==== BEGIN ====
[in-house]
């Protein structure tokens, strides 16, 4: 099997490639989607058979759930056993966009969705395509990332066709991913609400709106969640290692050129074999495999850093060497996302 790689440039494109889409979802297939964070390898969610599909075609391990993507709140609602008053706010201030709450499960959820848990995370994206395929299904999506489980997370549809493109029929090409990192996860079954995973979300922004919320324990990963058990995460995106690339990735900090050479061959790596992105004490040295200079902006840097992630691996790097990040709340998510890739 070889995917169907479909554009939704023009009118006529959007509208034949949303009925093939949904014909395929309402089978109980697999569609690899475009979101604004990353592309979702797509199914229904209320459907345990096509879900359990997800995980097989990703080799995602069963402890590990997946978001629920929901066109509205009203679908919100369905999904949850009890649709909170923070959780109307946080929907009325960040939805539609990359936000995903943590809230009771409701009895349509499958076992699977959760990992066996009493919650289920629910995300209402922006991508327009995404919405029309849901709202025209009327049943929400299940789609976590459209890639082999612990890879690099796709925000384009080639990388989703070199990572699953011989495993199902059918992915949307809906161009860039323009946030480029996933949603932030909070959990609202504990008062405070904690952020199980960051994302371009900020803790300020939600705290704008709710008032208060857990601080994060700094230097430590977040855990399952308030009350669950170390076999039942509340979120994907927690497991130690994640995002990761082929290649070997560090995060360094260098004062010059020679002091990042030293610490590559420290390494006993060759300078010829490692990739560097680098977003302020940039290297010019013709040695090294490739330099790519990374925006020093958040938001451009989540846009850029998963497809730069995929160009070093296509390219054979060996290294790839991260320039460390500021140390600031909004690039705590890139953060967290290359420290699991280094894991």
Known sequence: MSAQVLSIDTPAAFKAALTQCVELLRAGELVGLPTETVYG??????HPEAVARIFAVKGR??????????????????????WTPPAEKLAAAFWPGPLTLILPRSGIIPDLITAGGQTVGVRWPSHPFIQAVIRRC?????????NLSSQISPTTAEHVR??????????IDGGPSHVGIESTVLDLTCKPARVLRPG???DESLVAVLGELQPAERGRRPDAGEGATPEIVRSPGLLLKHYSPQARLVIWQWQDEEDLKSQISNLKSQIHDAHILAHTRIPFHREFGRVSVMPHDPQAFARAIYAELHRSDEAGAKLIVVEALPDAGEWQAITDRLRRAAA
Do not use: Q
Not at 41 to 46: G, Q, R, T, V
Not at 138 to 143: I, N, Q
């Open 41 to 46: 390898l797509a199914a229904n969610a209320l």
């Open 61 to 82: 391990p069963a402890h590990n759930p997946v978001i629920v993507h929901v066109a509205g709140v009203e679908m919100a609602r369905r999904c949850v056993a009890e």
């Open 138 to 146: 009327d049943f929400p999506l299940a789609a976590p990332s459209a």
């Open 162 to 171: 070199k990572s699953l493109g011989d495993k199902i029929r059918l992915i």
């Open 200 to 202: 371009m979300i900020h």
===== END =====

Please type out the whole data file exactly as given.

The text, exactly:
[in-house]
């Protein structure tokens, strides 16, 4: 099997490639989607058979759930056993966009969705395509990332066709991913609400709106969640290692050129074999495999850093060497996302 790689440039494109889409979802297939964070390898969610599909075609391990993507709140609602008053706010201030709450499960959820848990995370994206395929299904999506489980997370549809493109029929090409990192996860079954995973979300922004919320324990990963058990995460995106690339990735900090050479061959790596992105004490040295200079902006840097992630691996790097990040709340998510890739 070889995917169907479909554009939704023009009118006529959007509208034949949303009925093939949904014909395929309402089978109980697999569609690899475009979101604004990353592309979702797509199914229904209320459907345990096509879900359990997800995980097989990703080799995602069963402890590990997946978001629920929901066109509205009203679908919100369905999904949850009890649709909170923070959780109307946080929907009325960040939805539609990359936000995903943590809230009771409701009895349509499958076992699977959760990992066996009493919650289920629910995300209402922006991508327009995404919405029309849901709202025209009327049943929400299940789609976590459209890639082999612990890879690099796709925000384009080639990388989703070199990572699953011989495993199902059918992915949307809906161009860039323009946030480029996933949603932030909070959990609202504990008062405070904690952020199980960051994302371009900020803790300020939600705290704008709710008032208060857990601080994060700094230097430590977040855990399952308030009350669950170390076999039942509340979120994907927690497991130690994640995002990761082929290649070997560090995060360094260098004062010059020679002091990042030293610490590559420290390494006993060759300078010829490692990739560097680098977003302020940039290297010019013709040695090294490739330099790519990374925006020093958040938001451009989540846009850029998963497809730069995929160009070093296509390219054979060996290294790839991260320039460390500021140390600031909004690039705590890139953060967290290359420290699991280094894991």
Known sequence: MSAQVLSIDTPAAFKAALTQCVELLRAGELVGLPTETVYG??????HPEAVARIFAVKGR??????????????????????WTPPAEKLAAAFWPGPLTLILPRSGIIPDLITAGGQTVGVRWPSHPFIQAVIRRC?????????NLSSQISPTTAEHVR??????????IDGGPSHVGIESTVLDLTCKPARVLRPG???DESLVAVLGELQPAERGRRPDAGEGATPEIVRSPGLLLKHYSPQARLVIWQWQDEEDLKSQISNLKSQIHDAHILAHTRIPFHREFGRVSVMPHDPQAFARAIYAELHRSDEAGAKLIVVEALPDAGEWQAITDRLRRAAA
Do not use: Q
Not at 41 to 46: G, Q, R, T, V
Not at 138 to 143: I, N, Q
């Open 41 to 46: 390898l797509a199914a229904n969610a209320l």
């Open 61 to 82: 391990p069963a402890h590990n759930p997946v978001i629920v993507h929901v066109a509205g709140v009203e679908m919100a609602r369905r999904c949850v056993a009890e």
């Open 138 to 146: 009327d049943f929400p999506l299940a789609a976590p990332s459209a």
């Open 162 to 171: 070199k990572s699953l493109g011989d495993k199902i029929r059918l992915i």
């Open 200 to 202: 371009m979300i900020h």